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As per the title - how would it be perceived by bosses and/or co-workers to repeatedly (more than 1-2 times in a year, say) voluntarily cancel planned vacation in order to meet business needs (deadlines etc) or provide cover?

I mean not where "the boss" has cancelled it due to a business reason. But initiated by the employee.

If others insist on taking their planned time off - Would the employee cancelling come off as more committed, more of a doormat or what?

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  • Can you be a bit more specific? Were you asked to cancel it? What would have been the consequence if you hadn't cancelled it? How important was what you were doing to the company? – DJClayworth Nov 18 '15 at 19:42
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    Wouldn't this be entirely dependent on office culture? – BSMP Nov 18 '15 at 19:44
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    Agree with @BSMP, voted to close as opinion-based though too broad could work as well since there are so many variables at play (type of work, type of position, length of vacation, etc.) – Lilienthal Nov 18 '15 at 20:15
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    I don't know how we could possibly answer this unless we know a lot more about your company's culture. I imagine it's also really dependant on which country you're working in as well. Maybe a better question would be the pros and cons of repeatedly putting work ahead of your vacation time? – ColleenV Nov 18 '15 at 20:56
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    The answer also depends on your profession. If you're an accountant for instance and if you don't take vacations. That's a red flag that means you might be defrauding the company. – Stephan Branczyk Nov 18 '15 at 21:13
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It depends.

It's entirely possible that no one will notice or that they'll assume that you're just not much of a vacation person. Most people don't keep track of who has and who has not used their allotted vacation. It is possible that they'll conclude that you're a doormat that doesn't value their own time.

If you're cancelling because your manager would otherwise have no choice but to cancel someone's vacation, it's possible that your boss and/or your fellow employees will be grateful. The odds of that happening once a year let alone more than twice, however, are tiny unless you work in either a very unusual or a very poorly managed workplace.

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A few thoughts:

  1. Inconvenience to other employees - If your vacation policy requires approvals via your supervisor and HR then constantly canceling and rescheduling the vacation will be seen as an annoyance rather than a benefit.

  2. Vacation timing - If you are in the type of work where there is a busy season or planned cycles with known deadlines, there could be an expected etiquette. While it is likely not a specific policy, it's a general understanding that the team is burdened more with vacations during the busy times than during the rest of the year. If you are frequently finding that the timing of your vacation is poorly scheduled perhaps that's the reason for the cancellations?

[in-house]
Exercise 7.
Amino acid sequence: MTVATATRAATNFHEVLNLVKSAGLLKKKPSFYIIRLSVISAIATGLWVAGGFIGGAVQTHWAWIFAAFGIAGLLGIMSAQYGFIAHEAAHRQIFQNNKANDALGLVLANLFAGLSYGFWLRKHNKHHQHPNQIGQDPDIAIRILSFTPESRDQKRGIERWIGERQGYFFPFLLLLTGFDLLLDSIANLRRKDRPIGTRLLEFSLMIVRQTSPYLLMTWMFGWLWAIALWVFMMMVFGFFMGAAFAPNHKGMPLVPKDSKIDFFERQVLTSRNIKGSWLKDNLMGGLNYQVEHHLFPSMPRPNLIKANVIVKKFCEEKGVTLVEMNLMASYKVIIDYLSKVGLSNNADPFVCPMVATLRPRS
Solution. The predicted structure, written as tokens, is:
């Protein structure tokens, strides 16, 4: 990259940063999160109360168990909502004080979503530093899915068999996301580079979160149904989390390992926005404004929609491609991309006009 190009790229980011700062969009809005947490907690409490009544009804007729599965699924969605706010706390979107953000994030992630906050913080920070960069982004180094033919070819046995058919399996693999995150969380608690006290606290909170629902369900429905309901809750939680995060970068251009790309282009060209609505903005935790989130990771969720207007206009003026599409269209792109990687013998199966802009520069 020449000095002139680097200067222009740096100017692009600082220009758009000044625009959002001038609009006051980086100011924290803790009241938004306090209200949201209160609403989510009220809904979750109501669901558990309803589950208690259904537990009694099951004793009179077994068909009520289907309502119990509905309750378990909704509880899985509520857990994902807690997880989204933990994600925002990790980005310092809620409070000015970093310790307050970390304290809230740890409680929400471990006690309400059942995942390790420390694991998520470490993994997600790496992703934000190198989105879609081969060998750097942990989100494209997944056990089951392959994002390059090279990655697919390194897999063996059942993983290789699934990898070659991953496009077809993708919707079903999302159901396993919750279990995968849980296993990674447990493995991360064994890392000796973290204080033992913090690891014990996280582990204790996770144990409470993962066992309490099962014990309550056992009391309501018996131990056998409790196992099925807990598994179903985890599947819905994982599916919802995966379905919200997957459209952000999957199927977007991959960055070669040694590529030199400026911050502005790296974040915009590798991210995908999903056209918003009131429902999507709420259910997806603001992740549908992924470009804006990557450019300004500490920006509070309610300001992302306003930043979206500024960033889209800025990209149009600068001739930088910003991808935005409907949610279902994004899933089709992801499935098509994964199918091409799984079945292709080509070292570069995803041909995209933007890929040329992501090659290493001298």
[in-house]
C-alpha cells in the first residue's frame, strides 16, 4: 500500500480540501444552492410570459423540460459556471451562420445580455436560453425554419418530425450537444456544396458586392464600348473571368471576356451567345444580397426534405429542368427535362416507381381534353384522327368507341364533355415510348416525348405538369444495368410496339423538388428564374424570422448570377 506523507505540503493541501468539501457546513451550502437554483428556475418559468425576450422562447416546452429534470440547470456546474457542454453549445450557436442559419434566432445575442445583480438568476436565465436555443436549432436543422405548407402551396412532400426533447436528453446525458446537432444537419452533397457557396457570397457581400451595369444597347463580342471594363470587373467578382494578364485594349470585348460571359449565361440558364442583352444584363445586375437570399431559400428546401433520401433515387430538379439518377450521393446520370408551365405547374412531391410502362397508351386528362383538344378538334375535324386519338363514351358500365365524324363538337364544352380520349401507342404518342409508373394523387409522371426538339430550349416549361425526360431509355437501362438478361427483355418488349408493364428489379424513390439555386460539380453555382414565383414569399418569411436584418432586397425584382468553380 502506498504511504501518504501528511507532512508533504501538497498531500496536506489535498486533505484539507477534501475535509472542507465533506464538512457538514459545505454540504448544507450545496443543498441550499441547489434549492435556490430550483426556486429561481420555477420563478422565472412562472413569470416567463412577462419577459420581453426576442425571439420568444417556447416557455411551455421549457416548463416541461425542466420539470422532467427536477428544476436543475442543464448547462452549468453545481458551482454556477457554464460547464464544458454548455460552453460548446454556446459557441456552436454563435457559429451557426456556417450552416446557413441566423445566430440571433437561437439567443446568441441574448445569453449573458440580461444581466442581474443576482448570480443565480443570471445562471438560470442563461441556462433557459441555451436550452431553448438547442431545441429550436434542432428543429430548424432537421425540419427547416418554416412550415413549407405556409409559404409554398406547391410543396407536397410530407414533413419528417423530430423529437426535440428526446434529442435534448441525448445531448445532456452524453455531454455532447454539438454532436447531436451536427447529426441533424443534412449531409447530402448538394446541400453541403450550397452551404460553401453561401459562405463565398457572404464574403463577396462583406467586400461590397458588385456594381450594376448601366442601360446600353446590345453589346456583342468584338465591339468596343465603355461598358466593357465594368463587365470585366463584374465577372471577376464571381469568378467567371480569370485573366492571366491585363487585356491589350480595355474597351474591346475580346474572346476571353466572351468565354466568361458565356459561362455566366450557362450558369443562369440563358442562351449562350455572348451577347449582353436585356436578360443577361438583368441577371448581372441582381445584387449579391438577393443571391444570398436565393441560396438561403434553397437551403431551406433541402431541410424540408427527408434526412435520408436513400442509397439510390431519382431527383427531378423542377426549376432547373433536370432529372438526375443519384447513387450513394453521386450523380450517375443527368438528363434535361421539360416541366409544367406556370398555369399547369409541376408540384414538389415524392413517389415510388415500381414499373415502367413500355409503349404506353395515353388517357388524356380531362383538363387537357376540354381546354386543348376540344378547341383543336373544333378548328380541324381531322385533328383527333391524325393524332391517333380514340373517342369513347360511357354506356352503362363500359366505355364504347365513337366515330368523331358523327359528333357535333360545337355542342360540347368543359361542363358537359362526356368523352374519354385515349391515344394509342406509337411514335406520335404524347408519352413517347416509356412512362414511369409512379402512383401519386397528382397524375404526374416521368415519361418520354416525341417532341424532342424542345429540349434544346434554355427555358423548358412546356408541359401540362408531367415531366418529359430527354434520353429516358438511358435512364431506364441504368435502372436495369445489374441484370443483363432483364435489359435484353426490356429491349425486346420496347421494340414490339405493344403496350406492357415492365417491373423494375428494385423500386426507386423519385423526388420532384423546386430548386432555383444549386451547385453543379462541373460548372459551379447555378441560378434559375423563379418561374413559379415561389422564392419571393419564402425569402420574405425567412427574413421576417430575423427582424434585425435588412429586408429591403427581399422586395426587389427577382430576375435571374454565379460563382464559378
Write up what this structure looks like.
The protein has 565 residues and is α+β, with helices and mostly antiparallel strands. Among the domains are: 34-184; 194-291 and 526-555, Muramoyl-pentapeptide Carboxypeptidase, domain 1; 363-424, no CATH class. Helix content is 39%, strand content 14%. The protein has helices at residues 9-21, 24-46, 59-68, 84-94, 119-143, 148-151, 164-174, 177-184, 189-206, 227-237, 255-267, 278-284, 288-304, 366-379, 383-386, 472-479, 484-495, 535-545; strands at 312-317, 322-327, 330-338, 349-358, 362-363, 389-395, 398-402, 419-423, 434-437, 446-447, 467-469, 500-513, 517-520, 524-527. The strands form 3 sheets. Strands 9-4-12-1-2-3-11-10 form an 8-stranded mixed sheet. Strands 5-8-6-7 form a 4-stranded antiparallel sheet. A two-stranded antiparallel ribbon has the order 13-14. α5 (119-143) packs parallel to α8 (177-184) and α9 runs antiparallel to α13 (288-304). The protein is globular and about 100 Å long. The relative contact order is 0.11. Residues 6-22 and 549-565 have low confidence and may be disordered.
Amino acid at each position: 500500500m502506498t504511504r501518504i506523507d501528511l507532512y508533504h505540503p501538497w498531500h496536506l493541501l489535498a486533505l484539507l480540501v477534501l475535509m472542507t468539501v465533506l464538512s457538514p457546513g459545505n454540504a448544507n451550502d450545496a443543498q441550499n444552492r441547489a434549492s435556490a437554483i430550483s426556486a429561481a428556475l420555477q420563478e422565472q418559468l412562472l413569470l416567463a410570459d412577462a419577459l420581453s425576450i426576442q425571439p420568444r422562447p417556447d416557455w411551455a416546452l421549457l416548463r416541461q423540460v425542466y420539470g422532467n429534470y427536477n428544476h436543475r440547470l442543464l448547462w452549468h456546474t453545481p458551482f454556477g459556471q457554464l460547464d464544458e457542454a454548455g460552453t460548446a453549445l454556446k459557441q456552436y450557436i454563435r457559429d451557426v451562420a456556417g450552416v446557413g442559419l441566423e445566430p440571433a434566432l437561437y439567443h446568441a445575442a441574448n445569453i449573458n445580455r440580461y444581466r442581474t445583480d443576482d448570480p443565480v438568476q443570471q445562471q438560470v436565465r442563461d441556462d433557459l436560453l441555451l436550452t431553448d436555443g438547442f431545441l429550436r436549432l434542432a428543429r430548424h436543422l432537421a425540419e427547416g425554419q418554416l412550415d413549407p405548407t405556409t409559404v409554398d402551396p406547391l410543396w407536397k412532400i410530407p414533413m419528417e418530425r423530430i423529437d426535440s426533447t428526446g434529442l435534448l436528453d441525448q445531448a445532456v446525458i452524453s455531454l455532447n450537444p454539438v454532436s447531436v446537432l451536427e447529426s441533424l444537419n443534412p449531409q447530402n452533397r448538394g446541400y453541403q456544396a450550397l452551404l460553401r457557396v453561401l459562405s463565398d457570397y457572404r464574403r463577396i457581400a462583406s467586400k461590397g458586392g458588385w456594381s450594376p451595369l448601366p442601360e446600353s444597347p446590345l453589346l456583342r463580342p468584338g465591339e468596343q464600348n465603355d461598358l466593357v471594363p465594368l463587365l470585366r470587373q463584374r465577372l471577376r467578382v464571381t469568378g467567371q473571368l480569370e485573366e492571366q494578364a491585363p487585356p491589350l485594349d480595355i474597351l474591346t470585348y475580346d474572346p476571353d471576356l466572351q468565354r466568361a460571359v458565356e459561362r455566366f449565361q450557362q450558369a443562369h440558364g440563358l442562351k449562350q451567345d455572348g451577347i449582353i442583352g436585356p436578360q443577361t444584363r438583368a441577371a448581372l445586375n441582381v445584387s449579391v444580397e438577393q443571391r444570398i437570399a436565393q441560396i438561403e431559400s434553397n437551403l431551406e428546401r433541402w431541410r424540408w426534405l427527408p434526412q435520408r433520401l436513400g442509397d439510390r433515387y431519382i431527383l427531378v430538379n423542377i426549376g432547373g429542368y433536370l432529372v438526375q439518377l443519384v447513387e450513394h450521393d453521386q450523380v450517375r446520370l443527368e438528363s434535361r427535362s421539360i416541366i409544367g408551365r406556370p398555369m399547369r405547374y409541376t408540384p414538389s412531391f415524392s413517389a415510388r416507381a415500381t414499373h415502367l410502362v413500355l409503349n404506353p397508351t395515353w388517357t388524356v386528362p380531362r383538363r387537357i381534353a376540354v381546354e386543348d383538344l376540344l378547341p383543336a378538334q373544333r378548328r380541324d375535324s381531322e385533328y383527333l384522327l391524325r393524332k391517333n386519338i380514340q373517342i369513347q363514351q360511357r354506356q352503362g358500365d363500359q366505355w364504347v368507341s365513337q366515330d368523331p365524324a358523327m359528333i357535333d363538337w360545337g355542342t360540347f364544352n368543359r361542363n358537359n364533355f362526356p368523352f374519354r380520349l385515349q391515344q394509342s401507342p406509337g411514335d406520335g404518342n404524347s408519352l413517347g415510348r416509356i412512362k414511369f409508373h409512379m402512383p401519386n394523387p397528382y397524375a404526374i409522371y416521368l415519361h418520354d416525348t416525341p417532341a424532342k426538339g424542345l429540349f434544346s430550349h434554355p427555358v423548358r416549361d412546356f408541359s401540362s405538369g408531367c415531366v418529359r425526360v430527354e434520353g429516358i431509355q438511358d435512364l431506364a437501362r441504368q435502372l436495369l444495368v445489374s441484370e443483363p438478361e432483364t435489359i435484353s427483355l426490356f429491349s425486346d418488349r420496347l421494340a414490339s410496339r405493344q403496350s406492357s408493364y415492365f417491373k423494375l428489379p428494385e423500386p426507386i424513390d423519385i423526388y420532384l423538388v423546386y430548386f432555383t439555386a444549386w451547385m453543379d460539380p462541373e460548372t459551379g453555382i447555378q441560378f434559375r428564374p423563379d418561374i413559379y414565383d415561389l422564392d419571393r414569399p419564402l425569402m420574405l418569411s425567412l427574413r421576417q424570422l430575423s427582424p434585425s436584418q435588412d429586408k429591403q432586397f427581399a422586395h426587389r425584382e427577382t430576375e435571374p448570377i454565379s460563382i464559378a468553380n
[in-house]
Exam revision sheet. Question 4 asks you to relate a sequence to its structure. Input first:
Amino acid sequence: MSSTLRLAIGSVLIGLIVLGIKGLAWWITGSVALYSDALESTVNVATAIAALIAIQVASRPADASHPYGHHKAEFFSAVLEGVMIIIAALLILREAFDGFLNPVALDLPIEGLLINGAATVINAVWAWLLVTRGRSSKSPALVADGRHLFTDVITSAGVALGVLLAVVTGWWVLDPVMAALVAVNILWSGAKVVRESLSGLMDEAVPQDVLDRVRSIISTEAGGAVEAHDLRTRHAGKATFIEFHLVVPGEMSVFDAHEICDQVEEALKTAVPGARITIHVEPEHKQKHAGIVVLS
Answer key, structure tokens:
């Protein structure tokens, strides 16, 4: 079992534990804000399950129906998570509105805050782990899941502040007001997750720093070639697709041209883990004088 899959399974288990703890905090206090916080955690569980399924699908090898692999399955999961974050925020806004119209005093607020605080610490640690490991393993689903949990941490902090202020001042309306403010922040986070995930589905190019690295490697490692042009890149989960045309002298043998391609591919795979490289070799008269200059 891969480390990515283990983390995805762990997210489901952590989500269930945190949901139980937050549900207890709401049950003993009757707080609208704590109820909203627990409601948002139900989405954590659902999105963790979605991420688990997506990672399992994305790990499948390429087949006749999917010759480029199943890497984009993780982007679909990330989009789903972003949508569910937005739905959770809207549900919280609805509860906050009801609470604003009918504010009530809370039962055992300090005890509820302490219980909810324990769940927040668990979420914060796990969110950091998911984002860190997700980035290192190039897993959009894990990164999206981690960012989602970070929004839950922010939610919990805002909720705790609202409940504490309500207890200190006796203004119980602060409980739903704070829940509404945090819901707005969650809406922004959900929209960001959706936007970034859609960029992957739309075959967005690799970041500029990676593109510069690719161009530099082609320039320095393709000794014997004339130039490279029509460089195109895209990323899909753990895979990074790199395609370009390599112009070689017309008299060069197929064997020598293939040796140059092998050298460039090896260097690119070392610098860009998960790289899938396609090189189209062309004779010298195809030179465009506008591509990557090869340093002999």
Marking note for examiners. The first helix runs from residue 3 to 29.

3. Commitment - Rarely is the topic of vacation viewed as commitment. Your company has a vacation policy and that, in conjunction with how employee performance is graded, is what defines commitment. I have seen large companies that use performance metrics as a way to discourage taking vacation and small companies that essentially require their employees to use more of their vacation. Your workplace is going to have it's own culture. A good question to ask yourself: "Is anyone else canceling their vacation to help out the team or cover for another employee?" I suspect the answer is no.

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I think this totally depends on your company's atmosphere and current rules.

If you work for a place that is very rigid then doing something like this may make you seem like a doormat. I mean you would be following a set of rules that are strict - and then you are offering them something for really nothing.

On the other hand if there is give and take then doing something like this for your company could allow you other flexibility. I move my vacation days around all the time for my company. I am certainly no doormat and they basically let me make my own schedule and work from home whenever I want.

The other case is working for a company that is too small to be without you for a certain amount of time. This is just how it is. You can ask for more pay to offset this or just accept that it is one of the drawbacks about having little to no cover (on the flip side it makes it hard to get fired).

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Your colleagues will think you are stupid, and your boss will not be in the slightest grateful for it. "Doormat" is not harsh enough to express it. Don't do it. Nobody will thank you for it.

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